Project Echelon: Equipping, Educating, and Empowering Veterans
November 02, 20234 min read
We had the chance to sit down with Eric Hill, founder and president of Project Echelon, a 501c3 veterans non-profit that engages, equips, educates, and empowers veterans and their families through physical activity and self-discovery.
How did Project Echelon get started?
“Project Echelon was founded in 2016 after a veteran friend of mine returned home from service having suffered several traumatic brain injuries and continuously struggling with PTSD. Unfortunately as a result of those things he resorted to drugs and alcohol and made multiple attempts at suicide.
Through his journey to try and overcome those things he realized that being physical was one of the few things that helped him be a better version of himself. It put him in a place where he could tackle some of the issues he was facing. He decided he wanted to do a triathlon but had zero idea of where to start. He didn't have the equipment, training background, or knowledge. With me [Eric Hill] being on the professional cycling circuit, he reached out and asked for some advice.
I got him set up with a bike, other equipment, free entry to a race and wrote a training plan for him. He completed that race and felt a euphoria that he only felt otherwise when using drugs and alcohol. He knew this was a way out for him.
A year later he completed his first Ironman and was on a show called Quest for Kona on NBC. He shared that story of how this changed his life on that episode and it resulted in more people, more veterans reaching out to us and saying ‘hey I need that same type of help’. So we decided to start Project Echelon as a result.”
What does your team look like and how do you work with veterans?
“Today we serve over 500 veterans a year. We have a UCI continental cycling team composed of 13 riders. Each rider is responsible for coaching, mentoring, and building relationships with each individual veteran member that we serve. We provide grants and scholarships to [veterans] in financial need.
We’re able to bridge the gap between where [veterans] are today and their dreams, aspirations, and where they want to go. That gap is typically a canyon and there’s no clear means to get from point A to point B. We try to provide them with that service.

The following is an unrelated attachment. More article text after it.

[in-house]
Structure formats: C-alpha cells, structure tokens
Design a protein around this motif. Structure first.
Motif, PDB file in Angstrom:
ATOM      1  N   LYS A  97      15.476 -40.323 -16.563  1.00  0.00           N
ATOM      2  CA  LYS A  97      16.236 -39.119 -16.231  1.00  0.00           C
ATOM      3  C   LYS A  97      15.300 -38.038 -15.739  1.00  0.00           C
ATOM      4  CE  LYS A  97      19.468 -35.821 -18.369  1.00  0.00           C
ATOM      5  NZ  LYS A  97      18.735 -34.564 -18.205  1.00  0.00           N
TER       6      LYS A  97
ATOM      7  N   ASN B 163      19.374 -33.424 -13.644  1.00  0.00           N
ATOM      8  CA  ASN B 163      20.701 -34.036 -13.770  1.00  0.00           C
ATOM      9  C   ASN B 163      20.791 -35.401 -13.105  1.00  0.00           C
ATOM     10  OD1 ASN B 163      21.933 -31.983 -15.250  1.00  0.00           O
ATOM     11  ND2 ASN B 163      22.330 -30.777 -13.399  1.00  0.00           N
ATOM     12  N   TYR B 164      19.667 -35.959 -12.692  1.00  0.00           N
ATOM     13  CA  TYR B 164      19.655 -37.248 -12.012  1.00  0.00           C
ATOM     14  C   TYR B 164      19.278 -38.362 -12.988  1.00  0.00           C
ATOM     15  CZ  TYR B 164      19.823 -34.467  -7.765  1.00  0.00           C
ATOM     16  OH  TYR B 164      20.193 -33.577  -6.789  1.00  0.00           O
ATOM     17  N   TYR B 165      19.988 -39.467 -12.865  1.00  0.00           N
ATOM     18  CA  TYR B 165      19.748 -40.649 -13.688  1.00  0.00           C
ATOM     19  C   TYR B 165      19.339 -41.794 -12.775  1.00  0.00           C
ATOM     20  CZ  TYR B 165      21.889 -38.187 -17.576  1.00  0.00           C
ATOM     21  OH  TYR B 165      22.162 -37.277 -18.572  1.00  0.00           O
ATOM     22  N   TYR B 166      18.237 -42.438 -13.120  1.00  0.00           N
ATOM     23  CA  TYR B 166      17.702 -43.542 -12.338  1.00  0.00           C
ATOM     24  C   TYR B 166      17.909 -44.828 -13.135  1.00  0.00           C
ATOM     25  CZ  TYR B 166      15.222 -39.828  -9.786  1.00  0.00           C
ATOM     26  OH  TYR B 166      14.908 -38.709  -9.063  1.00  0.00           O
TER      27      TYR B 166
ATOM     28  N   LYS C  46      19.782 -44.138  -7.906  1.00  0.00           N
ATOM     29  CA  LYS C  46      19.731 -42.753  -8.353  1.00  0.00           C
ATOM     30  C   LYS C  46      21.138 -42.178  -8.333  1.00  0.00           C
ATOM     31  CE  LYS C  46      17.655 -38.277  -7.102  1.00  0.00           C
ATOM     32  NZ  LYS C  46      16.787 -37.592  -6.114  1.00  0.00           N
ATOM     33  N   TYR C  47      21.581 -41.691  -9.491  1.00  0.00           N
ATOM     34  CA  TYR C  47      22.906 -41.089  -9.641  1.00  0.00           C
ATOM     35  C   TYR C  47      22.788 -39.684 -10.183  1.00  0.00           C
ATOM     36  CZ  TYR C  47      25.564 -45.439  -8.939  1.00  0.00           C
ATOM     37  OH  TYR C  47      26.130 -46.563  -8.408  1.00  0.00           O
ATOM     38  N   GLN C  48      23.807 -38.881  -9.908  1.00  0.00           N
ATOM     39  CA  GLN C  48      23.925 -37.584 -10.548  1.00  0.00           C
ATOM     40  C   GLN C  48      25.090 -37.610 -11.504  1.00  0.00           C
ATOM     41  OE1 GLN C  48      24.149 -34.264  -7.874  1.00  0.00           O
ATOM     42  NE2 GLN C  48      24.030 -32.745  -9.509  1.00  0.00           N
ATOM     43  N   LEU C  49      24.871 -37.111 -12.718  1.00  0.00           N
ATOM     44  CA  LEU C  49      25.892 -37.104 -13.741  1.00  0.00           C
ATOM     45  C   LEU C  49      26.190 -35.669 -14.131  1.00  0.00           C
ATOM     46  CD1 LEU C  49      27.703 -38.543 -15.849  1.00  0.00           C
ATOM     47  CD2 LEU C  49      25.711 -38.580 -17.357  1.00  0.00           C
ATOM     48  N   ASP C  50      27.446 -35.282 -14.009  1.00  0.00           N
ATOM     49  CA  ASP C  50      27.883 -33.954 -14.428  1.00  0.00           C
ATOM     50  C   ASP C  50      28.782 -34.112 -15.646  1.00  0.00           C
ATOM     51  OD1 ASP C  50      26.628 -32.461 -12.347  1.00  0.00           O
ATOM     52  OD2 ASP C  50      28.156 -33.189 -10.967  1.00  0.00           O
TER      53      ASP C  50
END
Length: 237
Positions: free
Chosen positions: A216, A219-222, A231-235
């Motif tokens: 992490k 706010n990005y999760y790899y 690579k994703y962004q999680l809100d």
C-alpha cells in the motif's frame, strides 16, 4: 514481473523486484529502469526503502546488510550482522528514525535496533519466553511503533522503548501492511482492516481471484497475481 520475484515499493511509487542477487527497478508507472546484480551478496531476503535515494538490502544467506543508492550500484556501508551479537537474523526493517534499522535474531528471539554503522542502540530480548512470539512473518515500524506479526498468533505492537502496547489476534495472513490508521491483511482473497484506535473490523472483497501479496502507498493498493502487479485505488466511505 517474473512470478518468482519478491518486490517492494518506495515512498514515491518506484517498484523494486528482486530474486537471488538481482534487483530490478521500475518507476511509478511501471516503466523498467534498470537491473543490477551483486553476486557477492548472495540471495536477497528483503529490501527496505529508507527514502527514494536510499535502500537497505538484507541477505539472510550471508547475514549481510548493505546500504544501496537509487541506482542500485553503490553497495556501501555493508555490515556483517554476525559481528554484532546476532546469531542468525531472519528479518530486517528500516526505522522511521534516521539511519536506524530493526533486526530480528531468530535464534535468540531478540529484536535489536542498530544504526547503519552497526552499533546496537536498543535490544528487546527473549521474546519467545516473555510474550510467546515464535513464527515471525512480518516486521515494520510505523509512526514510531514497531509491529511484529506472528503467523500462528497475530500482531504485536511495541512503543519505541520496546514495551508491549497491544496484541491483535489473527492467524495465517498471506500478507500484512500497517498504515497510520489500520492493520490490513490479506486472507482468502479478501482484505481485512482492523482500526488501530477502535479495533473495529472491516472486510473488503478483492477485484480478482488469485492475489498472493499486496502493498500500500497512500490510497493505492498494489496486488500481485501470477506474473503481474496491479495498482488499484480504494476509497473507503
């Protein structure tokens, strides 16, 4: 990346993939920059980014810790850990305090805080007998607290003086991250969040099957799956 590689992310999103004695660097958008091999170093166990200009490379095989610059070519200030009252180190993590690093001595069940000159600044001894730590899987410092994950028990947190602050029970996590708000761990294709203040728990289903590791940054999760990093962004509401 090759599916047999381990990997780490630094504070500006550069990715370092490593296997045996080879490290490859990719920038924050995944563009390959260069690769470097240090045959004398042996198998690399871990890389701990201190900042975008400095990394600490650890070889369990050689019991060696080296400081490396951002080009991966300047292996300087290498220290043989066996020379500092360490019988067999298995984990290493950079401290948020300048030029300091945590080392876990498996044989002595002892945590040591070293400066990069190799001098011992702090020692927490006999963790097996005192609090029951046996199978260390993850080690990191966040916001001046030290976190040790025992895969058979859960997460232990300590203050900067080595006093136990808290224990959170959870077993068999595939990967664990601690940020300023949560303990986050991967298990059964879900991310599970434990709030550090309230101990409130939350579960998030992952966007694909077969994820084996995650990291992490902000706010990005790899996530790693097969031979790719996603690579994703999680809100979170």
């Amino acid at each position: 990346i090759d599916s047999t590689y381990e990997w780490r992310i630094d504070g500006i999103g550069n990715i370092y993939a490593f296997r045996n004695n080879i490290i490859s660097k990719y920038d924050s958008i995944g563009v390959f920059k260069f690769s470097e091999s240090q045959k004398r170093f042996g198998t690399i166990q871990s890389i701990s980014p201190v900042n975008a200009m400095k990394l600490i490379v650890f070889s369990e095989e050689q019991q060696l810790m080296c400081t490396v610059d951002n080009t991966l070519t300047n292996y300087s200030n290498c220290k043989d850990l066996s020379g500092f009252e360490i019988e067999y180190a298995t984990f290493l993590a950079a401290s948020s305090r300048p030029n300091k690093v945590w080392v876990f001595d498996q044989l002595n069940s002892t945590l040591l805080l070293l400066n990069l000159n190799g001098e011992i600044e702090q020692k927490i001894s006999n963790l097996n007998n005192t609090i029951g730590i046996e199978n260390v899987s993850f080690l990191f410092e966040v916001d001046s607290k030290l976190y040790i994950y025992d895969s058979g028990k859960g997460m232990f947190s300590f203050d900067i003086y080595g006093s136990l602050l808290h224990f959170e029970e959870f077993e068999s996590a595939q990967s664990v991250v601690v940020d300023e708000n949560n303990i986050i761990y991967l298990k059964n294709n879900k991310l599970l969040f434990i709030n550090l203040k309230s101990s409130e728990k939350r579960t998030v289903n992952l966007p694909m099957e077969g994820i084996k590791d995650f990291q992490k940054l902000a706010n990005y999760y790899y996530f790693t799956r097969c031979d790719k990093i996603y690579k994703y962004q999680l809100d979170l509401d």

We also want to provide solutions to our partners, and to our sponsors for veteran employment. We support veteran employee resource groups so that they can be successful inside and outside of the workplace and use physical activity as the conduit to that success.”
Why a professional cycling team?
“It’s the most authentic way for us to tell that story because a lot of professional athletes struggle with the same things our veterans do. Their identity is sport. A veteran's identity was the military. And when you take that away, they really struggle. We’re able to have real conversations with people and they get it.
We’re able to share that story with communities across the US. We get these really authentic relationships where we’re visiting VA hospitals, we’re going to VFW meetings, we’re hosting in-person rides and events, and it’s the best way to build meaningful relationships that are actually life-changing.”
What does 2024 look like for you?
Next year the team will continue to grow. It's prominence in the UCI European tour calendar, while also shifting terrain and having a greater commitment to gravel racing across the United States. We look forward to being the first UCI team to make a commitment to this discipline. Additionally, fans will be able to connect with us at the major stage races across North America and criterium events like Armed Forces Cycling Classic, Tour of America's Dairyland, and Bucks County Classic.
The Team Philosophy
Listening to Eric talk about the team, you can tell he knows each rider extremely well and prioritizes those relationships. When we asked him about the riders and the veteran community, he responded, “It’s gotta be a relationship first. That’s what I expect from my guys when they work with our veteran community. It’s not a transactional relationship. It needs to be personal. That’s my belief on how a team should be managed. I wanna know you and what makes you tick and how to help you find success.”
How can other people get involved?
Come to our gala and Gran Fondo weekend in Tucson, AZ from March 2 - 3. There will be events for fans and the veteran community, opportunities to engage with the team, a golf outing, black tie dinner, and of course, a race. Follow the team on Facebook and Instagram for more information.
We had the chance to sit down with Eric Hill, founder and president ofProject Echelon, a 501c3 veterans non-profit that engages, equips, educates, and empowers veterans and their families through physical activity and self-discovery.
In honor of Veterans Day, your purchases will help support Project Echelon.
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